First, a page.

Pangborn History, Family Crest & Coats of Arms
The distinguished surname Pangborn is of ancient English origin. It is derived from "Pangbourne," the name of a town in the county of Berkshire, and is thought to mean "Paega's stream."
Early Origins of the Pangborn family
The surname Pangborn was first found in the county of Berkshire, where the family held a family seat from ancient times. It is likely that the progenitor of the name was a native of Pangbourne, in the hundred of Reading, a large village and civil parish on the River Thames. The parish takes its name from a trout stream called the Pang, which runs through it. In October, 1838, excavators for the railway, at Shooter's Hill, found five human skeletons, of Roman vintage including spearheads, spurs, and battle-axes of British and Roman manufacture, urns of terra cotta, and a large quantity of coins of various Roman emperors.
Early History of the Pangborn family
This web page shows only a small excerpt of our Pangborn research. Another 81 words (6 lines of text) covering the years 1185, 1273 and 1640 are included under the topic Early Pangborn History in all our PDF Extended History products and printed products wherever possible.
Pangborn Spelling Variations
Until quite recently, the English language has lacked a definite system of spelling rules. Consequently, Anglo-Saxon surnames are characterized by a multitude of spelling variations. Changes in Anglo-Saxon names were influenced by the evolution of the English language, as it incorporated elements of French, Latin, and other languages. Although Medieval scribes and church officials recorded names as they sounded, so it is common to find one person referred to by several different spellings of his surname, even the most literate people varied the spelling of their own names. Variations of the name Pangborn include Pangborn, Pangburn, Pangbourne, Pangborne, Pangburne, Pangeburn and many more.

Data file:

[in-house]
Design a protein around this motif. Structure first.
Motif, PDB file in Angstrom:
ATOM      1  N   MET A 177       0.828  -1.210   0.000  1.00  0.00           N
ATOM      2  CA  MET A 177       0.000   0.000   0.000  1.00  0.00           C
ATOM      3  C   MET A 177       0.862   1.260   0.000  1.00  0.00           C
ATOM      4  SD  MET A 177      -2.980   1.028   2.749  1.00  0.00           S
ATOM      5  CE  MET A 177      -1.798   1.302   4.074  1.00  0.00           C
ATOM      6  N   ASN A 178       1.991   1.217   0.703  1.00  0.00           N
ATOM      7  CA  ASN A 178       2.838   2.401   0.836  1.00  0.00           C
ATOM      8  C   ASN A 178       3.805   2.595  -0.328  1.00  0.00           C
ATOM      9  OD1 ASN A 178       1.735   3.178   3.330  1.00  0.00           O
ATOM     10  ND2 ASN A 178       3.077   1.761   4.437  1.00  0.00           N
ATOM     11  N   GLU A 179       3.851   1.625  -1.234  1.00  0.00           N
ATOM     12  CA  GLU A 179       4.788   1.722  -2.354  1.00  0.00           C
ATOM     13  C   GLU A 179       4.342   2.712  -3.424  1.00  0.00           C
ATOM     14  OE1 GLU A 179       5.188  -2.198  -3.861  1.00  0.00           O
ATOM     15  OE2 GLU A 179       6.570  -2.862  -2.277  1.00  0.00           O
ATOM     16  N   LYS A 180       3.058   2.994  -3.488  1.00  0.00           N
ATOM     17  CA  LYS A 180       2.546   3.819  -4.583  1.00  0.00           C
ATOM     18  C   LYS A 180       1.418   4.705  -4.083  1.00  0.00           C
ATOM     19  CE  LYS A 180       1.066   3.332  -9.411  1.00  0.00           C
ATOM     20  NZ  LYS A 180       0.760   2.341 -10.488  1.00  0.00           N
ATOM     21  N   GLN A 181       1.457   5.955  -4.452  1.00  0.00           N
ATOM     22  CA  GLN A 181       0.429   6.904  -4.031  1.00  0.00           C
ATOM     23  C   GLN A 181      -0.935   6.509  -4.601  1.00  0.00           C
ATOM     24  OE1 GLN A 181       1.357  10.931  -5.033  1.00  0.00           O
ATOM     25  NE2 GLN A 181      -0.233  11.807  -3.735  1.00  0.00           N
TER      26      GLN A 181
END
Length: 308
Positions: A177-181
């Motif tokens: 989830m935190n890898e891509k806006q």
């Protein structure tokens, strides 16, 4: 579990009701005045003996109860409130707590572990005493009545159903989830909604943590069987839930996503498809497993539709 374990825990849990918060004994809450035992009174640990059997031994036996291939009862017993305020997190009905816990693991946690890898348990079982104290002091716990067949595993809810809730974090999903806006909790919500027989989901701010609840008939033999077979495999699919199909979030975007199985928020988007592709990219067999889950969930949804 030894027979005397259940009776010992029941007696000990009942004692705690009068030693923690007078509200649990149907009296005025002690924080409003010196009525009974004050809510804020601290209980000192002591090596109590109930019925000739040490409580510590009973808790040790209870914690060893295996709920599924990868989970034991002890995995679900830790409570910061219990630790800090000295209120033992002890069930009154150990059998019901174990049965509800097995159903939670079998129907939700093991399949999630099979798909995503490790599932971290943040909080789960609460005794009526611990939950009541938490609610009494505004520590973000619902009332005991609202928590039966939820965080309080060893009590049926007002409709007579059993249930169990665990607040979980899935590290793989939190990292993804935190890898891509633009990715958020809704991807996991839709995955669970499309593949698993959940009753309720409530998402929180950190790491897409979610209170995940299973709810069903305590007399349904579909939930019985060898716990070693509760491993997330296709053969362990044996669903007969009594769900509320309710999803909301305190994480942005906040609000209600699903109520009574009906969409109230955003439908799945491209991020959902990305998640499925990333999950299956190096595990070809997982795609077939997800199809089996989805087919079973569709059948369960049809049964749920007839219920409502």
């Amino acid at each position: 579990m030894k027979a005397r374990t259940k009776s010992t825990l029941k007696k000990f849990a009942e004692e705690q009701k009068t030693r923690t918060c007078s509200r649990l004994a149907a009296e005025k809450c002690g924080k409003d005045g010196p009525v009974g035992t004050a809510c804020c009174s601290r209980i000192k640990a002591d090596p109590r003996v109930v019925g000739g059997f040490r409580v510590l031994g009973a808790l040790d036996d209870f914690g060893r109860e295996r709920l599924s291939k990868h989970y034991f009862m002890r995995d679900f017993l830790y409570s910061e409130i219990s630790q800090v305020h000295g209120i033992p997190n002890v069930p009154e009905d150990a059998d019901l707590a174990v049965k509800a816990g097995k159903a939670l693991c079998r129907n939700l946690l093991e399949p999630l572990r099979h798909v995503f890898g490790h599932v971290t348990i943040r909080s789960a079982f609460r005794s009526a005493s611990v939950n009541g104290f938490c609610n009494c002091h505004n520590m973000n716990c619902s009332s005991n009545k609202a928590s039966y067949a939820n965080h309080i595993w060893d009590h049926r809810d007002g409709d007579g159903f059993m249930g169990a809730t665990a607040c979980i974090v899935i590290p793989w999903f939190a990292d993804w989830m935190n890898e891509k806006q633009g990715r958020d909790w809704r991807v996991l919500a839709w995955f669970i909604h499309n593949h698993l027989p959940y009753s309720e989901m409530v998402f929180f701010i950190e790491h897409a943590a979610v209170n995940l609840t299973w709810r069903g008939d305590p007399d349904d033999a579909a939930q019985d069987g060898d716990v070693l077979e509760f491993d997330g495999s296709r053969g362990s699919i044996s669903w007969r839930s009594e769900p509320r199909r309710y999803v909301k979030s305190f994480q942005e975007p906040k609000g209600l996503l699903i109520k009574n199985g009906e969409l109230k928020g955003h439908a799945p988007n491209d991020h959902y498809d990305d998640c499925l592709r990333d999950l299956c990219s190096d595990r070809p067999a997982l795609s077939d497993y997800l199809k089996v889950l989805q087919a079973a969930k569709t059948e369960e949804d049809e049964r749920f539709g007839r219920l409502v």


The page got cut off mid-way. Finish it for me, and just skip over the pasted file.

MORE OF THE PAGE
Early Notables of the Pangborn family (pre 1700)
More information is included under the topic Early Pangborn Notables in all our PDF Extended History products and printed products wherever possible.
Searching for a better life, many English families migrated to British colonies. Unfortunately, the majority of them traveled under extremely harsh conditions: overcrowding on the ships caused the majority of the immigrants to arrive diseased, famished, and destitute from the long journey across the ocean. For those families that arrived safely, modest prosperity was attainable, and many went on to make invaluable contributions to the development of the cultures of the new colonies. Research into the origins of individual families in North America revealed records of the immigration of a number of people bearing the name Pangborn or a variant listed above:
Pangborn Settlers in Canada in the 19th Century
The motto was originally a war cry or slogan. Mottoes first began to be shown with arms in the 14th and 15th centuries, but were not in general use until the 17th century. Thus the oldest coats of arms generally do not include a motto. Mottoes seldom form part of the grant of arms: Under most heraldic authorities, a motto is an optional component of the coat of arms, and can be added to or changed at will; many families have chosen not to display a motto.
Motto: Malo mori quam foedari
Motto Translation: I would rather die than be disgraced.